Hope Robertson

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Wednesday

30

July 2014

Hope, She Wrote: About Personal Communication

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july30_hopeshewrote_communication

I’m fairly dedicated to my mobile devices (yes, deviceS), but recently I’ve come to appreciate the value of real personal communication. Like the handwritten note, — for which a resurgence is long over-due, — we need a revival of real, personal communication.

Several of you shared feedback after my last column (on the art of the handwritten note), which made for some interesting discussion about personal communication (also the removal of cursive writing from schools, but we’ll save that for a later date).

I’m a “millennial”, which means I’m part of the generation who were born during a period of time when cool technological things were just starting to happen: Apple was starting to make waves, IBM introduced the AS/400, Philips introduced the CD, Sony created the Walkman, VCRs came into living rooms everywhere – and even with the introduction of such inventions, parents were still teaching their kids manners (well, some parents, anyway). Millennials (on a whole) were still taught to say “please” and “thank you”, to respect our elders, and to make eye contact whilst engaging in conversation. As the years go by, with even more new technologies being introduced, our skills at personal communication seem to be regressing. The task of parenting has become much more of a challenge (treading lightly here, as my only child is an adorable miniature schnauzer).

When I was young, concerns from my Mum and Dad related to me talking too long on the telephone or wanting to watch “just one more show” on TV after school. Today, parents have a myriad of things to be concerned about, much of which is due (at least in part) to new technologies that, quite frankly, allow children to be out of control. Today’s youth are susceptible to countless challenges that – above and beyond those related to personal communication – include bullying and health problems.

Media theorist Neil Postman once said that “technology always has unforeseen consequences, and it is not always clear, at the beginning, who or what will win, or who or what will lose.” With every advance in technology, there is a price to pay, and in today’s society, it seems that effective personal communication is the biggest loser. People struggle to formulate full sentences, we can’t make proper eye contact because our line of sight is trained on our mobile devices, and we opt for short-form BBMs or text messages rather than long-form letters sent in the post.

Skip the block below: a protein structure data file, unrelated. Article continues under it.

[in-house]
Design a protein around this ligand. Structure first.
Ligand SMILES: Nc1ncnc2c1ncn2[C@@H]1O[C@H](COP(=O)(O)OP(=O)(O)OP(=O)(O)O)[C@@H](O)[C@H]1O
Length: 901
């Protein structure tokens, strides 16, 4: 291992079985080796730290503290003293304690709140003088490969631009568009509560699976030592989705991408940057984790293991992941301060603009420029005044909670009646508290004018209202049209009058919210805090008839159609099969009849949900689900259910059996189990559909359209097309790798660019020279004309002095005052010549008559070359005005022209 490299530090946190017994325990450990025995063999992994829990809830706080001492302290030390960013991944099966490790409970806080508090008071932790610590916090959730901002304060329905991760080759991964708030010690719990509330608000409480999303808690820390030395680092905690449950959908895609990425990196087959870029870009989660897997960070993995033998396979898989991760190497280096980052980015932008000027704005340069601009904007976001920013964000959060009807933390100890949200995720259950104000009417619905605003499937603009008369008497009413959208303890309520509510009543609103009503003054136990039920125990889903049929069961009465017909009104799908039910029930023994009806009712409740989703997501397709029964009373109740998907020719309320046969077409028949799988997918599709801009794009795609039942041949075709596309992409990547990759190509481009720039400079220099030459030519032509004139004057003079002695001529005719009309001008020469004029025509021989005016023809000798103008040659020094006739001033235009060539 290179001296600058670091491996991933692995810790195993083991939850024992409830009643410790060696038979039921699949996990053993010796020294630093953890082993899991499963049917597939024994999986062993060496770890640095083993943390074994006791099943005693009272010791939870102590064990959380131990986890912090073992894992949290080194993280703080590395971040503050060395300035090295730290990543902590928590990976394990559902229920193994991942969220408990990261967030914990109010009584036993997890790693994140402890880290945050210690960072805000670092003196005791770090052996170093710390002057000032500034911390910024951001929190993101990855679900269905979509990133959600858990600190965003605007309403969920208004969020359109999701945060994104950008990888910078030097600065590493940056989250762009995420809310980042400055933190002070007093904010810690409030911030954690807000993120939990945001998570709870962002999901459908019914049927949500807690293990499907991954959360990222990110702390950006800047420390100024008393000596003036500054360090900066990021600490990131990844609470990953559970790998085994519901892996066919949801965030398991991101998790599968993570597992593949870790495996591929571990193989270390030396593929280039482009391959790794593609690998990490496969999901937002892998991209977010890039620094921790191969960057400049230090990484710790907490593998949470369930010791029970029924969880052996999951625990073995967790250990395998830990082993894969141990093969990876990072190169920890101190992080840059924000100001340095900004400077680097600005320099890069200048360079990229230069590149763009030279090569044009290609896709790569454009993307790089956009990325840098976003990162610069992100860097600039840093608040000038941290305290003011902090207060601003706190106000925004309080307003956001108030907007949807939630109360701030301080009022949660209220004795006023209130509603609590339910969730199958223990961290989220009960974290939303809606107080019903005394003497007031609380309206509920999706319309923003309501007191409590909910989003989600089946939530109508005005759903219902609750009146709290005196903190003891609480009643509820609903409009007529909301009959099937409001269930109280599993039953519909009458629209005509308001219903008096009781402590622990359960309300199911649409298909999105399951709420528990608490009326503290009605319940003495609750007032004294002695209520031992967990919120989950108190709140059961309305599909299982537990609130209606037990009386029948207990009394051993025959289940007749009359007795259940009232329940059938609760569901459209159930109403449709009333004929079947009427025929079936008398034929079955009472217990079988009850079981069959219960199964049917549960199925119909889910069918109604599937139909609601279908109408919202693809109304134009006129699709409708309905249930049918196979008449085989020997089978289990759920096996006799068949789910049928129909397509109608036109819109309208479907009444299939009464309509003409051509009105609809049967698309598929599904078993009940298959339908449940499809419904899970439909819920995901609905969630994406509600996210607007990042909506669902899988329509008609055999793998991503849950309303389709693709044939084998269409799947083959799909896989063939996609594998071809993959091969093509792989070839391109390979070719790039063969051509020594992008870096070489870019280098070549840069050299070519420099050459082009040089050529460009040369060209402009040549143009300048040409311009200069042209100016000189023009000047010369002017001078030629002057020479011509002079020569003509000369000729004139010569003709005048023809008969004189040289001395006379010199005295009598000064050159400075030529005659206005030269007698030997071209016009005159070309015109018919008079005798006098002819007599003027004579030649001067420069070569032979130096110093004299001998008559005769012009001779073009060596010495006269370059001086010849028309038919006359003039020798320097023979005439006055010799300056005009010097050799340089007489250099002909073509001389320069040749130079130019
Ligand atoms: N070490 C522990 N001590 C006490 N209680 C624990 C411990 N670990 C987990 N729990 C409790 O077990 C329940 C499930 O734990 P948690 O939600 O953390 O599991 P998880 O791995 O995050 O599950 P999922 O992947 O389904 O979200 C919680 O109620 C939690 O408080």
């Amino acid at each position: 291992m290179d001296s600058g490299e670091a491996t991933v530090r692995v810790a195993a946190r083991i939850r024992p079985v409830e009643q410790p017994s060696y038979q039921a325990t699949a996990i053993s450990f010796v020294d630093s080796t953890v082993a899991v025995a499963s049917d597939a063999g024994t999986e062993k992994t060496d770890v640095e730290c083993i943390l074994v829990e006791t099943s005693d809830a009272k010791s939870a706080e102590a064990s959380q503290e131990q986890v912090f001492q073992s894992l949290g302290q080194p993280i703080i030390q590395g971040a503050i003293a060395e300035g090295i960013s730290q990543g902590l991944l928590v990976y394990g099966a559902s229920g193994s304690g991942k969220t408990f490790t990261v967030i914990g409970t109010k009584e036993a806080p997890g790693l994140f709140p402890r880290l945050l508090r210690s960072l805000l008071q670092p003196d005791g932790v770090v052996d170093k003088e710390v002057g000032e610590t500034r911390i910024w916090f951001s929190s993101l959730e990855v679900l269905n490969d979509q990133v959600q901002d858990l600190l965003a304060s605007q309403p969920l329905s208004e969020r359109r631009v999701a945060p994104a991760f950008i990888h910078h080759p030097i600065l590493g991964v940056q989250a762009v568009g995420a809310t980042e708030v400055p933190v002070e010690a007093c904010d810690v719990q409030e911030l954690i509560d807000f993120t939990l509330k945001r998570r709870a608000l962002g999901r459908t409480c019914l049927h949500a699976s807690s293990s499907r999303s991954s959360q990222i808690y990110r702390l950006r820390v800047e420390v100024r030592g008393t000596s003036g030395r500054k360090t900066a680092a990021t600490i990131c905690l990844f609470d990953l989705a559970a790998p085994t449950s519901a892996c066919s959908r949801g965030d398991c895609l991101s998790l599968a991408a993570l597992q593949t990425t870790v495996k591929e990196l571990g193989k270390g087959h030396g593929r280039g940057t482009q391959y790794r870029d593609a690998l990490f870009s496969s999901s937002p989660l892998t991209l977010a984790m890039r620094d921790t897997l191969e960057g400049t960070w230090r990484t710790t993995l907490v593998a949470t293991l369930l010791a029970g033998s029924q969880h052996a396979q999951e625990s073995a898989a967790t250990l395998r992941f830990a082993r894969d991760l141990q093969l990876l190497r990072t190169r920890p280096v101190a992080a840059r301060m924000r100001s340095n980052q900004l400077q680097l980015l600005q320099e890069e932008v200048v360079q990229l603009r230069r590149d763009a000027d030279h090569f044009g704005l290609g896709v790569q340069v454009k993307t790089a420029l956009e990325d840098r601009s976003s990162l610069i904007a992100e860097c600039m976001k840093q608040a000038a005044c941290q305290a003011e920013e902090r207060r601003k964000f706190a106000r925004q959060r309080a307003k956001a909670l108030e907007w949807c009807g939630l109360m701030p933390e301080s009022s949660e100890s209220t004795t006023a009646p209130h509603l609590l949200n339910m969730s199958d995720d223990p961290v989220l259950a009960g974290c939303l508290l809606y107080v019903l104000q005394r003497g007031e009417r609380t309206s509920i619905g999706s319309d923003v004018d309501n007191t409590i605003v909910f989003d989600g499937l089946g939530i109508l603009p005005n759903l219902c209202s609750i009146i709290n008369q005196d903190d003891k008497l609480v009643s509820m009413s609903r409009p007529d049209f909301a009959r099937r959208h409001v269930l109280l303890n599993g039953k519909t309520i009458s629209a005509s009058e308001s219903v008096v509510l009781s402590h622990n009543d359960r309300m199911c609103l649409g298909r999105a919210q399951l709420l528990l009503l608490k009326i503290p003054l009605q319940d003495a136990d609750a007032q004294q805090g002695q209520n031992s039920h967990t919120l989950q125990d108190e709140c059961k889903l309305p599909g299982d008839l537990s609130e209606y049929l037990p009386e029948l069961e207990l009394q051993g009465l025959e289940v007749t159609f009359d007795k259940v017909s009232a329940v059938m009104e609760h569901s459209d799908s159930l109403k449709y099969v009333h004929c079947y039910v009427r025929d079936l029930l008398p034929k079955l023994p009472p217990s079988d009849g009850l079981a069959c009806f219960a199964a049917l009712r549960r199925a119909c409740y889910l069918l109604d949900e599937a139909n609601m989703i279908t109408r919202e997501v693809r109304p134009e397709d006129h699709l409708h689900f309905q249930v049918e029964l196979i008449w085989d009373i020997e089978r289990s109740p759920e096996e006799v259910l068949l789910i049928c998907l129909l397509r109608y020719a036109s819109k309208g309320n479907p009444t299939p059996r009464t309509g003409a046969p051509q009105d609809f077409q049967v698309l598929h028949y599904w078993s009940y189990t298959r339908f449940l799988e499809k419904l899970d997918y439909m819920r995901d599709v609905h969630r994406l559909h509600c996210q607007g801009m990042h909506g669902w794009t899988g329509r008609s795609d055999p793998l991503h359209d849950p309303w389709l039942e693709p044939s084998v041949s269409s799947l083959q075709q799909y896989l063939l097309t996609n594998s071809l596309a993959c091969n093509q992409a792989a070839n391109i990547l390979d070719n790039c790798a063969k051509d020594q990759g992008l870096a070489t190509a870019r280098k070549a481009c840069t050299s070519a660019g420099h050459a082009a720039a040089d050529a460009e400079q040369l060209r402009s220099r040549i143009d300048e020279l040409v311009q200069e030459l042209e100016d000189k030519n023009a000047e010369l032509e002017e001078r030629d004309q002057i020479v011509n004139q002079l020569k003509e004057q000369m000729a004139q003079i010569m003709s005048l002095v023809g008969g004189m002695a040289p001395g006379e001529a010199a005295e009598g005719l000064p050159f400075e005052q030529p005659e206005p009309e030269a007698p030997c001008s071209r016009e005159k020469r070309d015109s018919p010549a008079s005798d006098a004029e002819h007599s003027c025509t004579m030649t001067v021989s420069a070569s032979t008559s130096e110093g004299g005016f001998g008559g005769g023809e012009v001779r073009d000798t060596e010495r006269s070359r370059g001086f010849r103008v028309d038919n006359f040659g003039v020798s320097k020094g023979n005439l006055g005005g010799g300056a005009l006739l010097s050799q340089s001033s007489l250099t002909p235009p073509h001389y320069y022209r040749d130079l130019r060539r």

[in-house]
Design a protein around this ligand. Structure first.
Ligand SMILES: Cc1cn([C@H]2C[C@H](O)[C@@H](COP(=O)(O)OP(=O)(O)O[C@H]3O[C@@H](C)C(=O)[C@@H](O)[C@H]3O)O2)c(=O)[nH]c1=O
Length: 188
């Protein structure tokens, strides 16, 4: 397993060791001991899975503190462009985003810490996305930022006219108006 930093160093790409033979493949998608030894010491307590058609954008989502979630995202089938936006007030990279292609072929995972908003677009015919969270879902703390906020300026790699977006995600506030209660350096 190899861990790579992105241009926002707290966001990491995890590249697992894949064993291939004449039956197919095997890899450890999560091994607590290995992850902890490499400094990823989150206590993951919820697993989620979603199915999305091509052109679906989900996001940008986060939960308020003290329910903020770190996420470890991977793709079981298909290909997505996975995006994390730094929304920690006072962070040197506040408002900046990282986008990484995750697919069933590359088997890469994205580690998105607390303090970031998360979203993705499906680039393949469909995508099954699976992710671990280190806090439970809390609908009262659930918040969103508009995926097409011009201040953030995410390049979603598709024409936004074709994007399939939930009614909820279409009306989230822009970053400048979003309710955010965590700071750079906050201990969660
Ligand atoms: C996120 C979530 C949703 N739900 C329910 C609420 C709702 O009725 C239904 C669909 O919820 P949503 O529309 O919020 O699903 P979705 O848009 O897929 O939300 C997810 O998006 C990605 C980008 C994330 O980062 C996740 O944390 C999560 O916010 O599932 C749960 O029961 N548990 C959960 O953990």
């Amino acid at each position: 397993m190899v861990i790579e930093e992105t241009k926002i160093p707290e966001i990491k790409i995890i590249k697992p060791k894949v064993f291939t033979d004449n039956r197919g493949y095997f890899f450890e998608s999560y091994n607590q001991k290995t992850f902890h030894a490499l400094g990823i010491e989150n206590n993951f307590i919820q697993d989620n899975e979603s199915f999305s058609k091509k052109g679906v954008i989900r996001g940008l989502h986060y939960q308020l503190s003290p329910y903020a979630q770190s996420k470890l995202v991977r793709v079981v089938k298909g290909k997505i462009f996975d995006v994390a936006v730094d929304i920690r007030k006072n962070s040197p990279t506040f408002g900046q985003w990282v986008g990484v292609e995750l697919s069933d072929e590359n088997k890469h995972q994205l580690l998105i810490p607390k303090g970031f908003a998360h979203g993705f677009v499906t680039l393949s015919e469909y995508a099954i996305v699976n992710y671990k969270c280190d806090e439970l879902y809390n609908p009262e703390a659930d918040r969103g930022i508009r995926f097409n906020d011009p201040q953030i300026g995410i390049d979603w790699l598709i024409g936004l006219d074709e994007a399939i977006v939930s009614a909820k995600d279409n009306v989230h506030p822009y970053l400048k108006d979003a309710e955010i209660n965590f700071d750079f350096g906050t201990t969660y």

With these things in mind, I’d like to suggest that we should all become a bit more conscious of our own communication skills.

  • Make eye contact – Eye contact is a powerful thing (and I don’t mean stink eye). When someone speaks to you, look him or her in the eye. Interestingly enough, eye contact has long been associated with openness and honesty.
  • Practice common courtesy and speak thoughtfully – Say “please”, say “thank you”, and, don’t feel like you need to apologize (why is it so many of us use “sorry” as a filler word?)
  • Remember, people > technology – I’ll quote Neil Postman again: “You can’t just turn off a person. On the internet, you can.” Put people before technology. Set aside time to eat meals with those you care about, make a “no phones at the dinner table” rule, spend time walking and talking rather than sitting and texting.

Remember, people have hearts; nurture them.

Robertson, Hope. “About Personal Communication.” Minto Express 30 July 2014: 5. Print.
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Wednesday

16

July 2014

Hope, She Wrote: On Writing A Handwritten Letter

Written by , Posted in Hope She Wrote, Hope's How-To

july16_hopeshewrote_letter

I’ve written on the art of handwritten notes before, however this week’s column is inspired by some of the sweet snail mail I’ve received so far in 2014 from friends across the globe and even close to home. I hope it inspires you to pick up a pen and paper, and write to someone who’s on your mind today.

P.S. Am I the only who preferred Jane Austen’s Persuasion to Pride and Prejudice?

Who doesn’t love, – upon opening their mailbox, – receiving an envelope with their name handwritten on the front. I’m not referring to bills, or information, I’m talking about receiving a letter or a card from a friend. Doesn’t receiving a handwritten letter of some kind make you smile?

They’ve been around for ages, though as we move toward a more digital society, handwritten letters seem to be on the decline. There are several things in the world that have seen great progress, but ironically there’s one area where we seem to be regressing rather than moving forward – the art of personal communication.

The exception being few, people no longer favour writing lengthy love letters or handwritten thank-you cards. It’s all BBM or texting (or whatever the kids are doing these days). It seems we’ve become such slaves to technology that we’re too lazy to write long-form. (And don’t even get me started on the removal of cursive writing from school curriculum.)

Some of the best examples of handwritten letters can be found in classic literature. Darcy wrote to Elizabeth, a long dissertation narrating everything they’d ever been through together, to prove to her that his intentions were true and that he wasn’t a total jerk (I paraphrase, but you get the point). Perhaps even more powerful and poignant than Pride and Prejudice is the letter that appears in Austen’s Persuasion, when Wentworth professes his love to Anne for a second time (even though she’d brutally rejected him years earlier) in an attempt to win her heart once and for all. (For the record, may it be noted that on both occasions, things worked out in favour of these famous literary couples.)

The power of the handwritten letter isn’t just limited to classic literature, either. In real life, handwritten letters can have incredible impact. Think of the words shared between Kennedy and Khrushchev during the Cuban Missile Crisis, or the letters that author Agatha Christie sent to her family and friends during an around-the-world tour that reveal both adventure and heart-ache in the life of a fiercely private woman.